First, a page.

A delegation of young adults from the Evangelical Lutheran Church in America (ELCA) attended the 20th International AIDS Conference July 20-25 in Melbourne, Australia. Meeting under the 2014 theme “Stepping up the Pace,” the conference provided opportunities for sharing and networking in response to the AIDS pandemic.
“This exposure has enabled young adults to be a part of the global ecumenical movement, touching not only people in their local communities, but peoples of the world,” said Dr. Ulysses Burley, a clinical research associate at Northwestern University’s Feinberg School of Medicine in Chicago and a member of the ELCA young adult delegation.
“Furthermore, young adult participation at AIDS 2014 is a component of a larger vision within the ELCA to create a critical mass of social justice-minded young people across a multitude of issues including HIV and AIDS,” said Burley in a blog post from the conference. Burley is also a member of the steering committee for Always Being Made New: The Campaign for the ELCA steering committee.
In conference workshops, plenary sessions and small-group discussions, ELCA young adults and the ELCA staff who accompanied them learned ways to engage and become leaders in the fight against HIV and AIDS.
Rachel Hunstad, a registered nurse in Minneapolis and a member of Westwood Lutheran in St. Louis Park, Minn., said she joined the young adult delegation because she continues to look for ways to “integrate my career with my passions and commitment to the ELCA.” In 2012 Hunstad served as an ELCA Young Adult in Global Mission, a one-year international mission opportunity for young adults.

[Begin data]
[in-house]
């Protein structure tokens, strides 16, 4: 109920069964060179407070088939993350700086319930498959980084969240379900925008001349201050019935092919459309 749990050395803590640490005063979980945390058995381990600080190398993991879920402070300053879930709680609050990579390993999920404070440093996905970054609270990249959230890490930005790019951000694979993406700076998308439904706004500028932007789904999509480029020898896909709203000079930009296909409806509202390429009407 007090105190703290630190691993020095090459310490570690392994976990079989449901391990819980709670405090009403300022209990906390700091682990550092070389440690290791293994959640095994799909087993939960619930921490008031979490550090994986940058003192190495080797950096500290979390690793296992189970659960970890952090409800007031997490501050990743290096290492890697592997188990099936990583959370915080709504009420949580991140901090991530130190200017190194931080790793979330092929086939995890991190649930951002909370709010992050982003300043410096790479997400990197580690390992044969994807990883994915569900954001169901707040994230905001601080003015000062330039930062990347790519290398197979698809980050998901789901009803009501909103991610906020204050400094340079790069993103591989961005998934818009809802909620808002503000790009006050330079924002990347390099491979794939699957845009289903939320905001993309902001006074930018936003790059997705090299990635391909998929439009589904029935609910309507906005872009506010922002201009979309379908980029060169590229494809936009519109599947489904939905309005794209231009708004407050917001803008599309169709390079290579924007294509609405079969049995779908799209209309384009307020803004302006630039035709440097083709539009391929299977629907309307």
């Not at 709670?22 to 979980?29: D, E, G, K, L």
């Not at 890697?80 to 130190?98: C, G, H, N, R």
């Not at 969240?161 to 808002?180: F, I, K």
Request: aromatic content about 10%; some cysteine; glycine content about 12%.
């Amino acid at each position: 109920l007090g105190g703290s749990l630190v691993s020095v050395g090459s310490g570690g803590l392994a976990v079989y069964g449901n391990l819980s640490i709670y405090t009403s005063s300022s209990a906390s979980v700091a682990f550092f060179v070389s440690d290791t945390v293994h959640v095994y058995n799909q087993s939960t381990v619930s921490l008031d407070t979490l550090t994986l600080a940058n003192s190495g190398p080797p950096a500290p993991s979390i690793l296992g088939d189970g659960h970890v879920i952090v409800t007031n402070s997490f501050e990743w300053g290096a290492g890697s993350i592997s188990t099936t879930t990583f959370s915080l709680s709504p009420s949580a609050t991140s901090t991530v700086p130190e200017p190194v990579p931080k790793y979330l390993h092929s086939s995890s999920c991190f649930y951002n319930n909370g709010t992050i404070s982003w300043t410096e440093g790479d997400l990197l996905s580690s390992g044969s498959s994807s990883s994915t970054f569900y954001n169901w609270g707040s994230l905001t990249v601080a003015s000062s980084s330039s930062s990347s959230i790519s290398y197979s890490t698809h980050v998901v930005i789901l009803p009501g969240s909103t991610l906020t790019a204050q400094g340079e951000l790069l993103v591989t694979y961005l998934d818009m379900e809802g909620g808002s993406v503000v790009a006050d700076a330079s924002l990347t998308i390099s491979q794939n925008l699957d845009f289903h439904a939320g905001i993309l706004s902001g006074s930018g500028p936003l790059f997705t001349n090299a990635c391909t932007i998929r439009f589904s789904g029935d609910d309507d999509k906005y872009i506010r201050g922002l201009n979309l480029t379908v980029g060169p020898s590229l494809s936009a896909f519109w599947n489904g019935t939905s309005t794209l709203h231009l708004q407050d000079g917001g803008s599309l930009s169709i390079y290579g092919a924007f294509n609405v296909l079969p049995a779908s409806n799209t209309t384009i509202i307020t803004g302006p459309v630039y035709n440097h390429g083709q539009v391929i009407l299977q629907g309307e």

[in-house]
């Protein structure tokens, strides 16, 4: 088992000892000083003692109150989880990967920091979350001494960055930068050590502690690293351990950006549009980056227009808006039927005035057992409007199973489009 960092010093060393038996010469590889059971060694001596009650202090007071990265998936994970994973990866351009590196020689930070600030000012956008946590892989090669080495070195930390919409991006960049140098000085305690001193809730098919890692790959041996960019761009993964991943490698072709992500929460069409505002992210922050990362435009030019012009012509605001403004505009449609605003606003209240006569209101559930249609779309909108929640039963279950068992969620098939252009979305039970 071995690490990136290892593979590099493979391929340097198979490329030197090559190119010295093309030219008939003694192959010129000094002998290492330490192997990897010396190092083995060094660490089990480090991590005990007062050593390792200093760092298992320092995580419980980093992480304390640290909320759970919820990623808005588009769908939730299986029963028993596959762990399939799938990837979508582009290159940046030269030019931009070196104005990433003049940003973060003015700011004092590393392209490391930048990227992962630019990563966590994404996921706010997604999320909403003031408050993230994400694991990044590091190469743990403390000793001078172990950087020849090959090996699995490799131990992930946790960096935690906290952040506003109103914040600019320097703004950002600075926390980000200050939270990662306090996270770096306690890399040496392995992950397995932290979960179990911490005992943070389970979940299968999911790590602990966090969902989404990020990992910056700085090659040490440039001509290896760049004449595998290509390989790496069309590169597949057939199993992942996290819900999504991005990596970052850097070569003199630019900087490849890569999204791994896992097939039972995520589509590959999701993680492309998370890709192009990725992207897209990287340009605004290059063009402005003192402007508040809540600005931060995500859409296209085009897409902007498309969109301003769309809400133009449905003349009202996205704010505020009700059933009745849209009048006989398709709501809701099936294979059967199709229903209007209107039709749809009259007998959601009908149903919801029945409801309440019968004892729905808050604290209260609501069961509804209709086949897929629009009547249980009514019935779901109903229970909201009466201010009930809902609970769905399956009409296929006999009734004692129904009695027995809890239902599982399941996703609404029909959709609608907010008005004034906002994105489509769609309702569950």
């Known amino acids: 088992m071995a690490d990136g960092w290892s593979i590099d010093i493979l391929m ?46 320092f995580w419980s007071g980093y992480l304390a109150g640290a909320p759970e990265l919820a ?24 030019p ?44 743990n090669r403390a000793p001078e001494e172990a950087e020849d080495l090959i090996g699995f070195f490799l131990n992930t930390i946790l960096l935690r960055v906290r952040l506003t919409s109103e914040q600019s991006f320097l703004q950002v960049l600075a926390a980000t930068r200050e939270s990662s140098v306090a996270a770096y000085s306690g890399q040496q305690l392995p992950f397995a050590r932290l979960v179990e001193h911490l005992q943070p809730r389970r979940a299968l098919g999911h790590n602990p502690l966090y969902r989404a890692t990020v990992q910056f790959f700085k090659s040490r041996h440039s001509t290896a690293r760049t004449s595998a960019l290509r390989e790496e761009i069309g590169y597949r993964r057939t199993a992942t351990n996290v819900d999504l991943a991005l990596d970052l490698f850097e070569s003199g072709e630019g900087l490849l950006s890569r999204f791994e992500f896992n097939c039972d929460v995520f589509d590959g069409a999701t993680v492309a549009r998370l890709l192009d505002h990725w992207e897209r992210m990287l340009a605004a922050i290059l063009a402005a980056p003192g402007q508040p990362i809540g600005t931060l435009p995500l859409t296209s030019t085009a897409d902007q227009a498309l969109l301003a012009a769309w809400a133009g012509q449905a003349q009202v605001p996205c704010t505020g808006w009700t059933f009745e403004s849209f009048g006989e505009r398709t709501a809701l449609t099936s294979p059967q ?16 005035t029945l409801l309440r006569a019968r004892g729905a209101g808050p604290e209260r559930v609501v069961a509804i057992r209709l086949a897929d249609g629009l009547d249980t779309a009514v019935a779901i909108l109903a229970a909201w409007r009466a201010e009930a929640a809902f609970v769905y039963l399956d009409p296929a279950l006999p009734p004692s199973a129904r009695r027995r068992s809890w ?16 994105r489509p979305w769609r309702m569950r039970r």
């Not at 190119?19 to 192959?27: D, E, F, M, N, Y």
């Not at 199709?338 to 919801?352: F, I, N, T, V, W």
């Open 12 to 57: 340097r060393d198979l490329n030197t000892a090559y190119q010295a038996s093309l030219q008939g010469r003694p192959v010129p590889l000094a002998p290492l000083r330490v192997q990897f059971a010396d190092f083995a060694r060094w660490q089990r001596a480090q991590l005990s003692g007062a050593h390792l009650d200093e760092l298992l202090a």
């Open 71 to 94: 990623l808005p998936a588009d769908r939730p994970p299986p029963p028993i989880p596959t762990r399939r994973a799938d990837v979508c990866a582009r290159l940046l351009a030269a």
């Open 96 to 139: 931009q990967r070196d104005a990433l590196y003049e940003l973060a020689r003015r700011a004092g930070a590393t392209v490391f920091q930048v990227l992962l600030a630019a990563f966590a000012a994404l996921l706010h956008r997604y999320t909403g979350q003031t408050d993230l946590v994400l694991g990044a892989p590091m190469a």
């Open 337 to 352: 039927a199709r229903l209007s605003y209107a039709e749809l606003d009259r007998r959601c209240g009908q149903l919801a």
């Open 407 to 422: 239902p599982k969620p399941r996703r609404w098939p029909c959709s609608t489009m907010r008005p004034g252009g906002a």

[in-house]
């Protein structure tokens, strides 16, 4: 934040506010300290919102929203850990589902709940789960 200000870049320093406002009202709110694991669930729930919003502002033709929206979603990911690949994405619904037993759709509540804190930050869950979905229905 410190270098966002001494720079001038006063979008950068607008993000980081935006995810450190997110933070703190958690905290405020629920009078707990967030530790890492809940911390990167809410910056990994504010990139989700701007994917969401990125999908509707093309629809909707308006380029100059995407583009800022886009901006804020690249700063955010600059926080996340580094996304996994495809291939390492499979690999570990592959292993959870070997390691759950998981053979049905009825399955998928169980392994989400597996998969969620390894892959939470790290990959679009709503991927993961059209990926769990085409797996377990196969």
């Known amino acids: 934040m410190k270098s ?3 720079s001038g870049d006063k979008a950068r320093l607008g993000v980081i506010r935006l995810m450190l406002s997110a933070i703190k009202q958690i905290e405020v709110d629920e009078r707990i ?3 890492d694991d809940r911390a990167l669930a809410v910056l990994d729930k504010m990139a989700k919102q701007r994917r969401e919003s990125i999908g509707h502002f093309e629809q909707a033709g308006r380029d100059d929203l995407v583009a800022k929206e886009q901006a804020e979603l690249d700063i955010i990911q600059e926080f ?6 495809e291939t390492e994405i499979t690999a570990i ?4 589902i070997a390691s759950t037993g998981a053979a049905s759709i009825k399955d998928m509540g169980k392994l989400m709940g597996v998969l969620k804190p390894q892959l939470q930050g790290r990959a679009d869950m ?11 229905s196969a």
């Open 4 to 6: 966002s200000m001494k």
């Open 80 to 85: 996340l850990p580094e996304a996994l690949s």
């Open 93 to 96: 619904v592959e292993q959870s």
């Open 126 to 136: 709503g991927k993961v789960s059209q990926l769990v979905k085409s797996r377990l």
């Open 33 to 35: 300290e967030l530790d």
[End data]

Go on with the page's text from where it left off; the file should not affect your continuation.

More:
“What a beautiful thing it is to come together from so many different corners of the world and perspectives on the disease to find a mutual experience,” said Hunstad. “I became more able to recognize my own personal desire to fight for the end of HIV and AIDS by listening to the passionate visions of others. It is so special to build a network of mutually justice-minded peers and role models to lean on as I continually seek an answer to the ever-present question of ‘what is my place in all of this?’ How powerful it is to know that I am not alone as I dream up visions, lament failures, and celebrate victories.”
Hunstad said the conference helped her “see that HIV and AIDS is not just a disease of ‘the poor people of Africa.’ The faces of HIV are right next to me.”